From the Mayor’s Desk

Despite the continuing COVID-19 pandemic and the myriad of controversial issues facing our State and Nation, good things continue to happen in Denville.  In late-August, Denville had the honor of being named the most family-friendly suburban community in the entire United States by Realtor.com.  Remarkably, that was not the best news Denville received on that particular day. Coincidentally, on the very same day, Moody’s Investor Services conferred a Aaa bond rating on the Township of Denville, the best and highest rating they issue. This speaks to Denville’s exceptional financial position, and places our community among an elite group of less than 24 municipalities in the entire State of New Jersey, that have achieved a Aaa bond rating. In a long-term bond sale, conducted shortly after the Aaa rating was conferred, the Township was able to borrow money for capital improvements at the unprecedented rate of 0.8625%. Achieving an Aaa rating was no easy task as it took years of planning, self-discipline, and the implementation of a strategic plan by our Administrator, Chief Finance Officer, Auditor, Township Council, and myself. In their report, Moody’s noted that Denville’s financial position actually improved during the pandemic. As one important factor in the rating is the demographic financial stability of the community, with the assistance of our local residents and property owners in 2020, we saw our total tax collection rate exceed 99% for the first time ever.

 

Another milestone the Township completed in 2021 was the successful settlement of the litigation, dating back to 2015, required to establish our Township’s affordable housing obligation for the period of 2015 – 2025, and protecting the Township from the possibility of a builder’s remedy lawsuit by having our plan accepted by NJ Superior Court. The litigation was long and costly but certainly worth it as our adversaries initially were attempting to have the court impose a new obligation of 1,786 affordable units, which based upon a 1 to 5 ratio of affordable to market rate units, would have resulted in a total housing obligation in excess of 8,900 units. Ultimately, the Township successfully settled with our adversaries for 196 affordable units, of which 48 were bonus credits. Therefore, in the end, our obligation of 148 new affordable units was a mere fraction of the amount initially faced. Due to the prolonged nature of the litigation, one of the development, Estling Village Apartments,  has already been completed, the Toll Development on Franklin Avenue has commenced construction and we anticipate we will see construction start on one or two of the projects in 2022. Ultimately our goal was to keep our housing obligation as low as possible, which I believe we achieved. All of the approved projects were subject to many months, and in some cases, years of negotiations in order to reduce the size and scope of the developments.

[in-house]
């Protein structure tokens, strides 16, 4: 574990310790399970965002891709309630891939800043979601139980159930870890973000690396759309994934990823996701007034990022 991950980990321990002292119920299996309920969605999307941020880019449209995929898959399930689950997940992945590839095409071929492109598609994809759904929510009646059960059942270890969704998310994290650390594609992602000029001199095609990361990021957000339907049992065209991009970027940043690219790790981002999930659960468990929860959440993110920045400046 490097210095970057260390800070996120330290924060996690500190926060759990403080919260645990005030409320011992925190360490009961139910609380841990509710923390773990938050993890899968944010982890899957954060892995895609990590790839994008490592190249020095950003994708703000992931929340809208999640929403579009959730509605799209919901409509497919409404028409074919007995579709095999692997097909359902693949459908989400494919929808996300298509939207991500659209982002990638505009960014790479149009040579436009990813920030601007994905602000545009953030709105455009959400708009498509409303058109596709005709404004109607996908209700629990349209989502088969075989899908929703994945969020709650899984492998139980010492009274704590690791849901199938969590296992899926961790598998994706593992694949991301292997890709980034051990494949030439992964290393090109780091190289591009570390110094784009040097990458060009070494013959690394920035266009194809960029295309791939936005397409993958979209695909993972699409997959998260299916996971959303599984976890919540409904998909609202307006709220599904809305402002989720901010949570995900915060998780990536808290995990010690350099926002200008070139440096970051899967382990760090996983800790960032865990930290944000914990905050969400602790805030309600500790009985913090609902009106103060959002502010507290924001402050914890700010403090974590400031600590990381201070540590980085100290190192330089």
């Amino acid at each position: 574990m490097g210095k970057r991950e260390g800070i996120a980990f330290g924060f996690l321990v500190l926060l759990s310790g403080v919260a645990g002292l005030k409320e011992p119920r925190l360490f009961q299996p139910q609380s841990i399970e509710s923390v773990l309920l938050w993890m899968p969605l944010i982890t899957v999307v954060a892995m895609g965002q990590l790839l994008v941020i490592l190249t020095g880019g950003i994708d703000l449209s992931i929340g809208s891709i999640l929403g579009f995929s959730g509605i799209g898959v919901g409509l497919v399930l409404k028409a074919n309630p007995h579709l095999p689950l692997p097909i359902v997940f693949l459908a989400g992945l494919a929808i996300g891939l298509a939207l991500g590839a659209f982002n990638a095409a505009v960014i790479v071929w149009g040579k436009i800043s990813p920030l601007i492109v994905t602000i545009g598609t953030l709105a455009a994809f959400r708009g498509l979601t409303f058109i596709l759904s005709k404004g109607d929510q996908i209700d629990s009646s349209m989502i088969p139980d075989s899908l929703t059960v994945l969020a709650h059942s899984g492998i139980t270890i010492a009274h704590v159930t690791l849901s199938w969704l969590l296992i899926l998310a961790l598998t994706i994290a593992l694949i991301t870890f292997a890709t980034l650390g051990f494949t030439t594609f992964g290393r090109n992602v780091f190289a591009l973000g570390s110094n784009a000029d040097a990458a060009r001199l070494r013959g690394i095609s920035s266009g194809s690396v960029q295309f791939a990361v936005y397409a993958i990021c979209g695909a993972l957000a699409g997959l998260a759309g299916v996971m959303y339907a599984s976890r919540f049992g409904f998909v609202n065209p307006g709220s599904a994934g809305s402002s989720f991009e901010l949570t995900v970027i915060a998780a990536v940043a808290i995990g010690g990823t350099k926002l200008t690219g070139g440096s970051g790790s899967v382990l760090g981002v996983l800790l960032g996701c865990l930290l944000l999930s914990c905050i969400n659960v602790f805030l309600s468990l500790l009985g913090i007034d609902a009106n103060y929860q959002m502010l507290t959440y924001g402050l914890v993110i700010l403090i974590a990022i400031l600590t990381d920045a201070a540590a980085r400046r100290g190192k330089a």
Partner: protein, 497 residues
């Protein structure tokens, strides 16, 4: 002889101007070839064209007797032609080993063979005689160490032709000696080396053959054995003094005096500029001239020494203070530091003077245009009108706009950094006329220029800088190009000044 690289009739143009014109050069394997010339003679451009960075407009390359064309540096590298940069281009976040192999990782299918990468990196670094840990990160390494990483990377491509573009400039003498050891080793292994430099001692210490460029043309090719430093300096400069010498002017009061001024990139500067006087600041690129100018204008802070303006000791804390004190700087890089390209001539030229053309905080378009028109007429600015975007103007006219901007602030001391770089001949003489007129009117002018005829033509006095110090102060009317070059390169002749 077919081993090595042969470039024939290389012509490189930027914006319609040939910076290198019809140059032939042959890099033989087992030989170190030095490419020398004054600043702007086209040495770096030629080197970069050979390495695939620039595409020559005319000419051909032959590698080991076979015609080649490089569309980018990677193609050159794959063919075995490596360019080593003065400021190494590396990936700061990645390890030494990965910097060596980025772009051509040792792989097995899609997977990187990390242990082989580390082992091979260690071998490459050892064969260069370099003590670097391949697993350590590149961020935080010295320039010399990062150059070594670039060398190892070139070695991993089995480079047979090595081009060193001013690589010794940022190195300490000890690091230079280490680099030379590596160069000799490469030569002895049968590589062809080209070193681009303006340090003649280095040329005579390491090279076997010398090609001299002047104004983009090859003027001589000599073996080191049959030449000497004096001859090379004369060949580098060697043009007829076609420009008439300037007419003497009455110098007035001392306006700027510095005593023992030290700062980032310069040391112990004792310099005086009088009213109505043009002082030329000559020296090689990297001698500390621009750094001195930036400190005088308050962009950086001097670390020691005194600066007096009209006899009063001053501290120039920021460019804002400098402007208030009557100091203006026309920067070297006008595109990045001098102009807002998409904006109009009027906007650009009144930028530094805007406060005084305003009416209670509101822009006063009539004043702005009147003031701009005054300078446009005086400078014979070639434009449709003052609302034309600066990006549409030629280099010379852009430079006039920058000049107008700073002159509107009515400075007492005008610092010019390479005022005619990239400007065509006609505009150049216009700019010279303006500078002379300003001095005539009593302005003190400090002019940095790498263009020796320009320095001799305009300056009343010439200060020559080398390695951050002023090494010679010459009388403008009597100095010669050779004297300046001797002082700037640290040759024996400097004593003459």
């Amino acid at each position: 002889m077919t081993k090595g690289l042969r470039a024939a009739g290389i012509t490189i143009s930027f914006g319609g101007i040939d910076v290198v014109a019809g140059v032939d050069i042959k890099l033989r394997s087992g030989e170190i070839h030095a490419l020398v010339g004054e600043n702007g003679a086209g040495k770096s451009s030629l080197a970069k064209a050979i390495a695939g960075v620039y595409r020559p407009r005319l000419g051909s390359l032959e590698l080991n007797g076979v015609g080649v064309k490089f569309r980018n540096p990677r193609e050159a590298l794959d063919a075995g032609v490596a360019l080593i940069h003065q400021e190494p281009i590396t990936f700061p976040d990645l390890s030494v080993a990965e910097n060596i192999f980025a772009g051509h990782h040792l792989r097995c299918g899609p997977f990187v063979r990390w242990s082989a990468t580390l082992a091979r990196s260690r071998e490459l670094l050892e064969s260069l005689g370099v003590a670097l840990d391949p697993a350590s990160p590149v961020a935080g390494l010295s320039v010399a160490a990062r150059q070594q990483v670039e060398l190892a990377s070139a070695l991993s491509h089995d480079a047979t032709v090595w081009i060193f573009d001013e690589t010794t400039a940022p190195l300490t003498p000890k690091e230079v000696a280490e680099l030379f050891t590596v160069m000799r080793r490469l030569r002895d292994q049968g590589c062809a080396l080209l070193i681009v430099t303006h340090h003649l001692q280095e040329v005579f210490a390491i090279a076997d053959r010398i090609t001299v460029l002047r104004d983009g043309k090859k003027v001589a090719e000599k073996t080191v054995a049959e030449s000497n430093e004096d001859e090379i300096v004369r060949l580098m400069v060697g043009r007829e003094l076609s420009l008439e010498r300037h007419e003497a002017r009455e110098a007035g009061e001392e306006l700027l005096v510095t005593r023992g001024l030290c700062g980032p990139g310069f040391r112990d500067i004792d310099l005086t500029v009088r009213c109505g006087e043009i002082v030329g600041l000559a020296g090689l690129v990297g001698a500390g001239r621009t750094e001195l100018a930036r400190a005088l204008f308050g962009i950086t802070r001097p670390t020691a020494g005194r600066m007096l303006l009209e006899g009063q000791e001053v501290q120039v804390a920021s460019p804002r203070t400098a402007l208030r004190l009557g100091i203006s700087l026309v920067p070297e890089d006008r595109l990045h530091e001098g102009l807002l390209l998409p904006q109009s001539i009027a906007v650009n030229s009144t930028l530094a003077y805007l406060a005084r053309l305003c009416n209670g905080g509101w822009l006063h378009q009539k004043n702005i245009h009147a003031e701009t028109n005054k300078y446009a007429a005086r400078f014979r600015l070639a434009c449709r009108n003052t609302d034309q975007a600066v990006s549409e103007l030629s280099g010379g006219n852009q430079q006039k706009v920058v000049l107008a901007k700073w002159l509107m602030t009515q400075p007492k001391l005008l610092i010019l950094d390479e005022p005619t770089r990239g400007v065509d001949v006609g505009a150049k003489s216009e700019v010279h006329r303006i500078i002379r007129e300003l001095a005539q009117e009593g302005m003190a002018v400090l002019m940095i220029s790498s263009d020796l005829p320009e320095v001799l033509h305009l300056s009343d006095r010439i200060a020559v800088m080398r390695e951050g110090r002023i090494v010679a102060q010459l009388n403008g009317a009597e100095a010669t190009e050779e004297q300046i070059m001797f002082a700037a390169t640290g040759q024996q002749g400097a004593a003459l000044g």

My administration has continued to stay true to our cardinal objectives, which include: Economic Development, Flood Mitigation, Road and Infrastructure Repair, Fiscal Responsibility, Public Safety & Public Health and the enhancement of Senior, and Recreational and Social programs. The following are a few of the recent highlights for those objectives:

Our 2020 grant application to expand the downtown streetscape improvements onto Diamond Spring Road Streetscape Project was not approved. However, we will apply again in the next round of funding in 2022. This past fall, we were forced to replace all of the plum trees, that had been planted in our downtown area, as a result of a deadly fungus that infected that species across the region. In 2021, we paved the upper Bloomfield Avenue Parking Lot, and I will ask the Township Council to budget funding in order to pave the lower Bloomfield Avenue lot in 2022. We are aware there are a few downtown streetlamps that are not working and have ordered replacement parts. However, the original manufacturer of the street lamps, who was selected as part of the mandatory low-bid process we are required to follow on public projects of this nature, has proven to be slow and extremely unreliable in providing us with replacement parts. Besides having the necessary repair parts on order, we also have ordered extra common parts including a complete decorative street pole replacement of each model, so we can make repairs more quickly in the future.